Laniakea: Our home supercluster

Somewhere in the Universe
is a small blue planet, the third rock from
a star called the Sun, just one of billions of stars in a spiral
galaxy known as the Milky Way. But where in the
Universe is the Milky Way? A team of scientists gathered data on more
than 8,000 of the galaxies that surround us. They mapped each galaxy’s
position and movement in space. And for the first time, they’ve shown that the Milky
Way is part of a much larger system of galaxies, a supercluster that they
have named Laniakea. The Milky Way is nested in the furthest
reaches of this structure, on the outskirts. The entire Universe can be seen as an
intricate network of galaxies, a cosmic web. Some areas are almost
empty, dark voids. Others are densely packed with
galaxies in regions known as superclusters. Superclusters are the biggest
structures found in the Universe, but scientists have struggled to define
where one ends and another begins. To map our home supercluster, a team led
by Brent Tully at the University of Hawaii studied the motions of the galaxies
around us in unprecedented detail. Even though the entire Universe is expanding rapidly,
gravity is also at work, pulling against this acceleration. By discounting cosmic expansion, the team worked out which galaxies are being pulled towards us (shown in blue) and which are
being pulled away (shown in red). This enabled them to create a map of cosmic
flows, the paths that galaxies migrate along, tugged at a tiny pace by the force of gravity. Using this motion, they came up with a new way
to map the distribution of matter in the Universe. Delving into our home supercluster, you can see that most galaxies are being pulled towards a dense centre. This is known as the Great Attractor. Our galaxy is among those sliding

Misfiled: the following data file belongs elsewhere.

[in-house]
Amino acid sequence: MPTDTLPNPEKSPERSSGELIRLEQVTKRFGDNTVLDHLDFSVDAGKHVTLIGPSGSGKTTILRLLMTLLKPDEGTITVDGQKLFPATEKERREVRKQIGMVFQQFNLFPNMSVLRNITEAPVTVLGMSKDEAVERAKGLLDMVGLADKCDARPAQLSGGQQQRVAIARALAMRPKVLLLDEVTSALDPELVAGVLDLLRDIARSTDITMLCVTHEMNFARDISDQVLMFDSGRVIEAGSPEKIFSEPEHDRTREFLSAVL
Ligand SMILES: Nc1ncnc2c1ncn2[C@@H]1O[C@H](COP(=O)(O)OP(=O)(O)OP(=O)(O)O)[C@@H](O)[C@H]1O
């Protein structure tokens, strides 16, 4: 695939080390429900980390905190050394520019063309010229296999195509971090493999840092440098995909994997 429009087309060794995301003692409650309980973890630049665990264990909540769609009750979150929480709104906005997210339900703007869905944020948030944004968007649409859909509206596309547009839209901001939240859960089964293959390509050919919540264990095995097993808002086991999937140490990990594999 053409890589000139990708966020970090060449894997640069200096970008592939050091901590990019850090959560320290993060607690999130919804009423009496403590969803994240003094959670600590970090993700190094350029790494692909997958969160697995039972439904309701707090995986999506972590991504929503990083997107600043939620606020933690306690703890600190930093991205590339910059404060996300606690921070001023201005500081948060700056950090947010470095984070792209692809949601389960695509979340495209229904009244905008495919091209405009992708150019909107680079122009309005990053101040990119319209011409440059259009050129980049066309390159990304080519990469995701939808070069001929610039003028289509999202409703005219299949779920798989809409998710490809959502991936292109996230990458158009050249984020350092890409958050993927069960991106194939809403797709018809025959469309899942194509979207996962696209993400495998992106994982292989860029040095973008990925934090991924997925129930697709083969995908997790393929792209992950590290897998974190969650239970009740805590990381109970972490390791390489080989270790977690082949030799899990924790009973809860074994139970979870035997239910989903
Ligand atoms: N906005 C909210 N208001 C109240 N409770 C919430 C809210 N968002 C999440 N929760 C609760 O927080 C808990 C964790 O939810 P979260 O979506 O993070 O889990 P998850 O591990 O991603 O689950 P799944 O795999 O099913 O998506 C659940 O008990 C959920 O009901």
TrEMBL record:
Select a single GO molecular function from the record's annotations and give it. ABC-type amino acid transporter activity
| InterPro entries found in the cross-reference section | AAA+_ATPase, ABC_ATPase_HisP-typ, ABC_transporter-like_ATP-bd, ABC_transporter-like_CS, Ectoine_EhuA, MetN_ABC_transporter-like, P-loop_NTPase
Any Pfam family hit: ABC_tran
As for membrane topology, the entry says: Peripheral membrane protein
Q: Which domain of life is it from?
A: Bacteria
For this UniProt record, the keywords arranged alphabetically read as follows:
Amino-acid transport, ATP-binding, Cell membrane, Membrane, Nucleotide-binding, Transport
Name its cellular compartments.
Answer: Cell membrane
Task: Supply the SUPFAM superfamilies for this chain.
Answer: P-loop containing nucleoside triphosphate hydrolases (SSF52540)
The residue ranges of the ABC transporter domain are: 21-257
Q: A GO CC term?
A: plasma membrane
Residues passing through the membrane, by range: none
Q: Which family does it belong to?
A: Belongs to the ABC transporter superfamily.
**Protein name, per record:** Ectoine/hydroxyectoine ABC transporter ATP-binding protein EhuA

towards this patch of space which dominates our region of the
Universe. Let’s take a different view. Each circle represents a galaxy. Again, we can see most galaxies being pulled towards the Great Attractor in the direction of the arrows. Between the Great Attractor and us, the Milky Way, there’s a relatively empty area, a blue void, and next to us is Virgo,
a large and dense cluster whose large galaxies have been
observed from Earth for centuries. Until now, astronomers grouped us, the
Milky Way and its surrounding galaxies, with Virgo and nearly 100 other
clusters in a supercluster that stretches 100,000,000 lightyears across. But using this new technique, we can
see that this is just the tip of the iceberg. This cluster of clusters is merely an
appendage of a much larger supercluster, more than 100 times bigger and more massive. But how did the team know how to
redraw the boundaries of this cosmic map? Here’s our supercluster (in black) and a neighbouring
structure, Perseus-Pisces (in red). Scientists defined the boundary as the points
where the flows of galaxies diverge, like water dividing at a watershed. This is where neighbouring
structures shear apart. This is the first clear definition
of a supercluster. Laniakea means ‘immeasurable
heaven’ in Hawaiian, a fitting name for the vast community
of galaxies that we are a part of. So, now we know that on the edge
of a supercluster called Laniakea, in a galaxy called the Milky Way,
around a star we call the Sun, there is a small blue
planet, our home.